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On the Block

For sale: Homes built 1930 to 1939

These properties--in Concord, Roslindale, and Quincy--feature striking period details.




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LOT SIZE > 0.17 acre

BEDROOMS > 2 BATHS > 1 full

LAST SOLD FOR > $264,900 in 2003

Kevin Balboni, Gibson Sotheby’s International Realty, 978-505-5558,

PROS This sweet little house was built in 1930, at the start of the Depression. Today, it’s a short sale. Tucked back from the street at the end of a brick walkway, it feels like a hideaway. The living room has a cathedral ceiling, great hardwood floors, and ample light, thanks to sliders and a big window with window seat. Part of the room is set off by a short wall and column, helping to create the feeling of a separate space, perhaps for dining. The kitchen has decent cabinets and appliances. CONS One bedroom is tiny; the other is in the basement.




LOT SIZE > 0.09 acre

BEDROOMS > 3 BATHS > 1 full, 1 half

LAST SOLD FOR > $389,000 in 2007

Brian Gokey, Gokey Properties, 617-233-2737,

PROS The gumwood molding so common in houses of this period is preserved, unpainted, in much of this extensively renovated 1935 home. White cabinets, green granite, and a glass-tile backsplash make the kitchen pop. The living room, dining room, and master are all unexpectedly large. Two bright rooms are on the third floor, one used as a sewing room; the other would make a good office. A compact sunroom off the back overlooks the fenced yard. CONS Losing the front storm door would be like swapping thick eyeglasses for contacts.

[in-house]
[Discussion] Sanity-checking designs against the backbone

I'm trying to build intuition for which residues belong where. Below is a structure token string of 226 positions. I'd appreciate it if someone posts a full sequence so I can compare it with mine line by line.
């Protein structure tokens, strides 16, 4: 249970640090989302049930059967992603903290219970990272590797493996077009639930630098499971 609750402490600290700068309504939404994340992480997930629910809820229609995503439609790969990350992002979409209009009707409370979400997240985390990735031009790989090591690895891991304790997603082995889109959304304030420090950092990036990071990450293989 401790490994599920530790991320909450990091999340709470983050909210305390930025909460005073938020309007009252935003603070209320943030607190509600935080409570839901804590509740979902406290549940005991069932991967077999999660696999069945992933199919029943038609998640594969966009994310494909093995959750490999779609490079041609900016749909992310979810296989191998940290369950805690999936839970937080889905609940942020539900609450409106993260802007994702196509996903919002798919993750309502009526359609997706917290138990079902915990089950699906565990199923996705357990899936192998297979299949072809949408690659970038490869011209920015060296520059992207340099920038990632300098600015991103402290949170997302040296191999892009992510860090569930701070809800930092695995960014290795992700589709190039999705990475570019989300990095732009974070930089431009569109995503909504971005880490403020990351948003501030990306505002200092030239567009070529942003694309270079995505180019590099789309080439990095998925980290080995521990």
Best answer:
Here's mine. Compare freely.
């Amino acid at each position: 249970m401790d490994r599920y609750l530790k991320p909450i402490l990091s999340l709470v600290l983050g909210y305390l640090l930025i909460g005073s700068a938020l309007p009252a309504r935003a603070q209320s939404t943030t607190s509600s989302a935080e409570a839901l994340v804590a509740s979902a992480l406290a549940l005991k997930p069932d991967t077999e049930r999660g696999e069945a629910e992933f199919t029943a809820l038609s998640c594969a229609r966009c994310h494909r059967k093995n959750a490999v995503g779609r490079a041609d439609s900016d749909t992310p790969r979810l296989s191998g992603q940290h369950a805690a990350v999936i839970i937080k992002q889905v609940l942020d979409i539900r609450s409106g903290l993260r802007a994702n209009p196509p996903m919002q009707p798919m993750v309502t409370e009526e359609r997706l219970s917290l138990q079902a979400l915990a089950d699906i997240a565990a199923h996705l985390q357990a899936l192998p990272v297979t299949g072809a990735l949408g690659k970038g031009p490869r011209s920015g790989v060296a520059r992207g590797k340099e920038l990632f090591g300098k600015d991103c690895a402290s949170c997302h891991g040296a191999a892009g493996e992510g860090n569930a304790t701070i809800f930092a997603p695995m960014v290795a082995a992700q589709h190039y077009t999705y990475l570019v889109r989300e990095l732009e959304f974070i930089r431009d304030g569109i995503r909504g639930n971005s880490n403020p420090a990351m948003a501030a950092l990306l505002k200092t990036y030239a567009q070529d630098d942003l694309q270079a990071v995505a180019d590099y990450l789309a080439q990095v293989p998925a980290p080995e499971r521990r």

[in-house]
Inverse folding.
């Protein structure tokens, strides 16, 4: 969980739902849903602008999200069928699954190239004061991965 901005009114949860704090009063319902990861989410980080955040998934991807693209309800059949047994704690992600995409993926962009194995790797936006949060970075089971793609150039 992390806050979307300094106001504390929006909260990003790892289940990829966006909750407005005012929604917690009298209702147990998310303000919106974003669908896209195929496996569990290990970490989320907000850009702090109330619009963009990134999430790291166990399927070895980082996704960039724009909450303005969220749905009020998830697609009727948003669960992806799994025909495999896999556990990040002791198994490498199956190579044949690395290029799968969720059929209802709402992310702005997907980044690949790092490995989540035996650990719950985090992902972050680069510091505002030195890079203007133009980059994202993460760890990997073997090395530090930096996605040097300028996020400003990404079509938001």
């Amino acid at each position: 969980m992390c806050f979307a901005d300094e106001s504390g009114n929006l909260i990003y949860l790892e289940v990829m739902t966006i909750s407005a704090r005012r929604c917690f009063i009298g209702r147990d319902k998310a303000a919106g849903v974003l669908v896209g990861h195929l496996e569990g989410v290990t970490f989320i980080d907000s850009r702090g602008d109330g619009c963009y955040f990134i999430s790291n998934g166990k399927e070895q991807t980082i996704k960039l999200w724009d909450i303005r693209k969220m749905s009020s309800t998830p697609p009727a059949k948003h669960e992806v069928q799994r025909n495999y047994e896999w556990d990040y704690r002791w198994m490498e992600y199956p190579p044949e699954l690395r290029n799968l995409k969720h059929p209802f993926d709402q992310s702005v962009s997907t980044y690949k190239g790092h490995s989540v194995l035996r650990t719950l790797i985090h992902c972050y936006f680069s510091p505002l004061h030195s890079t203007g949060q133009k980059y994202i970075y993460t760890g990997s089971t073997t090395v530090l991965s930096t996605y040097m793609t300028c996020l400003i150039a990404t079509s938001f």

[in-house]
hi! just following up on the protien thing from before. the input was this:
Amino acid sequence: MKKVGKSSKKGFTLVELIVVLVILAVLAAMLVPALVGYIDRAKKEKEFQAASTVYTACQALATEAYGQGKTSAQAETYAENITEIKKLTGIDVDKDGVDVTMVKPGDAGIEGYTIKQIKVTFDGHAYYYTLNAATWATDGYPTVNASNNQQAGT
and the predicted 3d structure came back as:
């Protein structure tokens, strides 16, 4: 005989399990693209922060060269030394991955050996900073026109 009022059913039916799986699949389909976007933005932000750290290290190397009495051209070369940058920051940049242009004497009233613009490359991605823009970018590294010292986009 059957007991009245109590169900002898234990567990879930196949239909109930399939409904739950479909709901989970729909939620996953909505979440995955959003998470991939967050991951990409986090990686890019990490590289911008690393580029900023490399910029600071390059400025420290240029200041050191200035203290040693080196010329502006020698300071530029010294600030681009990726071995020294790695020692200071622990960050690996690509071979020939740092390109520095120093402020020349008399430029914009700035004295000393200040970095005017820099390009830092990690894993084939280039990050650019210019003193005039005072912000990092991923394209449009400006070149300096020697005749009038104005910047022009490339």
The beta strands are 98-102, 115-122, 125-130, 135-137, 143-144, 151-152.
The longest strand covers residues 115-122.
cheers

LOT SIZE > 0.16 acre

BEDROOMS > 5 BATHS > 3 full, 2 half

LAST SOLD FOR > $70,000 in 1978

Sharon Fornaciari-Maher, Maher Realty Group, 781-881-4101,

PROS American Foursquares like this, with a hipped roof and wide porch, were popular from the turn of the last century through the 1930s. In this 1935 specimen, there are bay windows, window seats, arched doorways, tiger-oak floors, and gorgeous paneling in one room. The finished basement has a lodge feel, as does the third floor, with pine paneling and built-in beds and bureaus. Windows, roof, electrical, and vinyl shingle siding were updated. A new master bath is under construction. CONS Some modernizing is necessary. Buyers may want to reconfigure the space, particularly the former doctor’s office. — Vanessa Parks

NEXT WEEK Homes built 1940-1949

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